After years of planning, Wallingford PZC is ready to finalize digital sign regs

After years of planning, Wallingford PZC is ready to finalize digital sign regs

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WALLINGFORD — The Planning and Zoning Commission may be ready to move forward next month with new rules on digital display signs.

Current regulations don’t ban digital signs, which include electronic signs, message boards and LED signs, but there is a restriction on flashing or moving text.

The issue of regulating digital LED signs in Wallingford was first discussed in 2015. Residents had expressed concerns that electronic signs, which scroll and flash, are distracting to drivers and cause light pollution.

Since February 2017, the town has had a moratorium prohibiting businesses from displaying digital signs on the outside of buildings.

Gas price displays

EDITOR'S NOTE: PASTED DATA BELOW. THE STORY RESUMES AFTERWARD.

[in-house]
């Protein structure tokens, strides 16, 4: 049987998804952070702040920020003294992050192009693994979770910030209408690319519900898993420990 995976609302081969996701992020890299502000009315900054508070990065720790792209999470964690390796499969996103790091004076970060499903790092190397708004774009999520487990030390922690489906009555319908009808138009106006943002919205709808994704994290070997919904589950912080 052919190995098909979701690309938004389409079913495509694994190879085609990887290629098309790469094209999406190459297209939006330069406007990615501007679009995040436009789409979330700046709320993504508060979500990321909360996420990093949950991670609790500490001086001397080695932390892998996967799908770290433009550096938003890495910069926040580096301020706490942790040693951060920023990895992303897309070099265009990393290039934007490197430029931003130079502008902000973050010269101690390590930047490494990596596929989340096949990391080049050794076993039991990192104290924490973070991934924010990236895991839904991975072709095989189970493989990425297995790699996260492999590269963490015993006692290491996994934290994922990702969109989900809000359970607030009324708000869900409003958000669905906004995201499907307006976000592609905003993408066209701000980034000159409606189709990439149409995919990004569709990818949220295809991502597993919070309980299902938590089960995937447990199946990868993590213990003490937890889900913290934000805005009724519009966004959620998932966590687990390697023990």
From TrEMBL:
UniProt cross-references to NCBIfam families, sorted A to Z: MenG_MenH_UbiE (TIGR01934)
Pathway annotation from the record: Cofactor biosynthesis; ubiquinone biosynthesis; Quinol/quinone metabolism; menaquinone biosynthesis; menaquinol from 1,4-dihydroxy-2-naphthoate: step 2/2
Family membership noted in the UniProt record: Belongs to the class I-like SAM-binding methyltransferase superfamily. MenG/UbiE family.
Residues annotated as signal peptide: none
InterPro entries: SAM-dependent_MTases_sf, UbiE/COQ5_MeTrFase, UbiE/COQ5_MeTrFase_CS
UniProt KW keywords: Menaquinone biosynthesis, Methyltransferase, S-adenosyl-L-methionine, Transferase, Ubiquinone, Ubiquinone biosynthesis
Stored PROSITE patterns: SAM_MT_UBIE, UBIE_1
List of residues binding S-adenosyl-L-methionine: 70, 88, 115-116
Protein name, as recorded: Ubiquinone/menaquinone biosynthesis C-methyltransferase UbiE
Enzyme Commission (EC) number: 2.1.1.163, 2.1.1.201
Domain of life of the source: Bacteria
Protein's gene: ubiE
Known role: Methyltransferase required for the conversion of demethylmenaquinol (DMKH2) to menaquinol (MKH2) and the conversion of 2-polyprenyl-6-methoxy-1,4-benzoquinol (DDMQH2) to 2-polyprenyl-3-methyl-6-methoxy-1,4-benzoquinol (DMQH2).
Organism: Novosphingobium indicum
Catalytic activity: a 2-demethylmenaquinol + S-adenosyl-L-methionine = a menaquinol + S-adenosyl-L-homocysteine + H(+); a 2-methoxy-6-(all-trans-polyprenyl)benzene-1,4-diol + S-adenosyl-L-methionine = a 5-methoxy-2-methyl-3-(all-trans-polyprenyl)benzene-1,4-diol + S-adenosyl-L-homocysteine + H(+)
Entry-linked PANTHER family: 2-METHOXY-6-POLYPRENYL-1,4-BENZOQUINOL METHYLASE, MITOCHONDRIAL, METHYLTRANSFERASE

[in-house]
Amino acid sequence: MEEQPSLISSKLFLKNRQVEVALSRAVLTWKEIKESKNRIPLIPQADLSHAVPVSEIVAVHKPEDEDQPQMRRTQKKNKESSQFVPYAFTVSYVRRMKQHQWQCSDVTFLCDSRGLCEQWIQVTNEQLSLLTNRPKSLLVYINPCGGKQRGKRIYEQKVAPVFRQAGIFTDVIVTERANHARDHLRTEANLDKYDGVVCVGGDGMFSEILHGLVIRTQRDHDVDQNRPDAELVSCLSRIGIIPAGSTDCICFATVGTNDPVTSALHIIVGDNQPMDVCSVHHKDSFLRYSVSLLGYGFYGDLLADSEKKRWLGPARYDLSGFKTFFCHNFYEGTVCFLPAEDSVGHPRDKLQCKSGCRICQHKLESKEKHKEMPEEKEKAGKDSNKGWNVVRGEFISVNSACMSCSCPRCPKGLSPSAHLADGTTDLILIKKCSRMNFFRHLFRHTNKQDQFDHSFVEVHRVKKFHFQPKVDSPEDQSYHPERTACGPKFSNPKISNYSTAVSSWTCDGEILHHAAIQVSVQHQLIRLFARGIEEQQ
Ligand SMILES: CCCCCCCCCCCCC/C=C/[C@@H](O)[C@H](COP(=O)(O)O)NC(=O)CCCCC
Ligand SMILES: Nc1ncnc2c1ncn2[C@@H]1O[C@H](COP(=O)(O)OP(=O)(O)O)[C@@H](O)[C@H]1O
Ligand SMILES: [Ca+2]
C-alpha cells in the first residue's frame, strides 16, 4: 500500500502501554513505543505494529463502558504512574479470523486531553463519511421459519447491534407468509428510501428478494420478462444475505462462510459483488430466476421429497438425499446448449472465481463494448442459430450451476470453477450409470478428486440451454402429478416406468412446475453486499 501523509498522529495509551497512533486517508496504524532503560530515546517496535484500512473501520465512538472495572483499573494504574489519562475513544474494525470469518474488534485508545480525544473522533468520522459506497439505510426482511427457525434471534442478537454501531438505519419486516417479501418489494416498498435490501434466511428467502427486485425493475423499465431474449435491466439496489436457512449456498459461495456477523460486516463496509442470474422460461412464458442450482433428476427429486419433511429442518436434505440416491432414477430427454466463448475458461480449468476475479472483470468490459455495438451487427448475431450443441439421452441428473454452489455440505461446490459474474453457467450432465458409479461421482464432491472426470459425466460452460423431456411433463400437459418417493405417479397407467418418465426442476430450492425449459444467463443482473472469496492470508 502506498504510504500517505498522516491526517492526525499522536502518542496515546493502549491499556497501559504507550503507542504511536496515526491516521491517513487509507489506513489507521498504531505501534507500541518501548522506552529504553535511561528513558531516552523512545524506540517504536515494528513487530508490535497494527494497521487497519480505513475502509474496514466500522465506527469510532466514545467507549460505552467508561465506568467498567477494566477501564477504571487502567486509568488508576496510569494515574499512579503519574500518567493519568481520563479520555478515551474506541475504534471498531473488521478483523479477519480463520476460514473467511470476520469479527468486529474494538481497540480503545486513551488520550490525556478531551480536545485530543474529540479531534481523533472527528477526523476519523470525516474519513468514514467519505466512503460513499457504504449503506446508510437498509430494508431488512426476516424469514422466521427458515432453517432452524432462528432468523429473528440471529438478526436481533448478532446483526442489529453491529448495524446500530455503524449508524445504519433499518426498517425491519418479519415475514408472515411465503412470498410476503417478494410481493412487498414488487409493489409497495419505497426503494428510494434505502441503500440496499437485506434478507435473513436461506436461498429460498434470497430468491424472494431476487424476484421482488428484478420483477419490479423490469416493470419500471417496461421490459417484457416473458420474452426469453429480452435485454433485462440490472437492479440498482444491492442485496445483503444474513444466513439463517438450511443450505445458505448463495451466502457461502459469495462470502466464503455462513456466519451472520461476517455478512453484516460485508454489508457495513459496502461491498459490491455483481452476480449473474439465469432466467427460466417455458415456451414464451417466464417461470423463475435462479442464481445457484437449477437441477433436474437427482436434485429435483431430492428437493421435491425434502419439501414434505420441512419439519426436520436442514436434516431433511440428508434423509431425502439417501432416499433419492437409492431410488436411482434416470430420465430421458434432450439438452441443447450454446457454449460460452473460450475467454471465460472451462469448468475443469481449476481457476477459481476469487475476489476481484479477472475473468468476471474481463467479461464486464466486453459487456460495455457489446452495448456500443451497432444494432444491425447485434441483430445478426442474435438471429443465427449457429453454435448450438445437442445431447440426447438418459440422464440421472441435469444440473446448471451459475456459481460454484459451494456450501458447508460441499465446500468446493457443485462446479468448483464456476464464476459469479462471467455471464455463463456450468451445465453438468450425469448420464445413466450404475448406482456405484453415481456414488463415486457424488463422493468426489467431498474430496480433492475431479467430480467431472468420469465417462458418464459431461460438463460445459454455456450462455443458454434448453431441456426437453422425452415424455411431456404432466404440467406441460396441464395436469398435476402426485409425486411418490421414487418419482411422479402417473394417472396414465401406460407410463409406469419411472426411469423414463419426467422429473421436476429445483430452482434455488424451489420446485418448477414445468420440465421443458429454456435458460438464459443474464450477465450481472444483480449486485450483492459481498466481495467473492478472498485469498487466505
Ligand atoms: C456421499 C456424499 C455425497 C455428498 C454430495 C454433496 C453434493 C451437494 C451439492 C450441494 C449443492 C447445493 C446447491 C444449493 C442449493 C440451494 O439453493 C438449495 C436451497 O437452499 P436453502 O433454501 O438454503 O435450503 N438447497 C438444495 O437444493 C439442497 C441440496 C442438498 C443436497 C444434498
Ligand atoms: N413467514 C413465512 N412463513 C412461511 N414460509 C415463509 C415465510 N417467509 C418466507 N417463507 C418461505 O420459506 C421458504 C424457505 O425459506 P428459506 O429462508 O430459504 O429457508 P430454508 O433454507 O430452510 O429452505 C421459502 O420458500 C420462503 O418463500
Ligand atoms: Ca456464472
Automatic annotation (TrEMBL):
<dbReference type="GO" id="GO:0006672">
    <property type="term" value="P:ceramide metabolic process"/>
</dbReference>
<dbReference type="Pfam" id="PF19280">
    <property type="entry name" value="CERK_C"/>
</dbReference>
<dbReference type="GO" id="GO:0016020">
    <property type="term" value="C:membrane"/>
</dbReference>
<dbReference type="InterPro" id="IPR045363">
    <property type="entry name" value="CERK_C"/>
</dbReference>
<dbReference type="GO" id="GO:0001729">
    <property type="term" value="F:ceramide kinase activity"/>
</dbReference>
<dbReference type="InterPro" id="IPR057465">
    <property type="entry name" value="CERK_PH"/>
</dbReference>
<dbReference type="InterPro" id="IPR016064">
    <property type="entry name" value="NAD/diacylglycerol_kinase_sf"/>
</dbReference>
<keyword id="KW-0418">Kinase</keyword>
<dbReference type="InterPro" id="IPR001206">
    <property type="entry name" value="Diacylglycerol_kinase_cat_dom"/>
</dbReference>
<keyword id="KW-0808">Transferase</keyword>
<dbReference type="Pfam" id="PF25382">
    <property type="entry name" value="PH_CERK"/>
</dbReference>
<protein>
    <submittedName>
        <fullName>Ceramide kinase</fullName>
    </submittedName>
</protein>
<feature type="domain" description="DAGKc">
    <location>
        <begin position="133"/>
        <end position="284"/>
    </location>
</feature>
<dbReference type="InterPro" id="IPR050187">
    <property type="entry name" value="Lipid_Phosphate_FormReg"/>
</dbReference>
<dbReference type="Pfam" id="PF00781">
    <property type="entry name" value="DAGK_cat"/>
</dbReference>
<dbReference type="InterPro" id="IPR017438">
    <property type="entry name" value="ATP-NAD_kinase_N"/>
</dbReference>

During Monday’s PZC meeting, Town Planner Kacie Hand said drafts of the new regulations would “allow a limited amount of digital signage,” based on information provided by “several different sources.”

There’s a proposed exception for gas and service stations since gas price changes often.

“They are sort of a single-product facility,” Hand said.

The town can't specify what signs say, but the regulations are geared toward price displays, with square footage limits and restrictions on color, intensity and text movement.

“We can't say those have to be pricing signs,” she said. “What we can say is gas stations have a limited amount of signage.”

Hand also said the definition of a digital sign and a language correction in reference to temporary signs would be written into the regulations .

Affects small business

Tim Keogh, owner of graphic design and sign business Image 360, talked about use of signs by small businesses during Monday’s meeting.

He said Tuesday that “it just wasn’t right to outlaw a sign because of the potential of what it could do.”

Regulation, not a ban, would allow “everyone to take advantage of what (digital) signs have to offer.”

He said that digital signs can help modernize properties, such as multi-tenant plazas where signs may not not big enough to read by passing motorists.

“They (commissioners) realize new technology is coming, and they have to figure out a way to deal with it,” he said.
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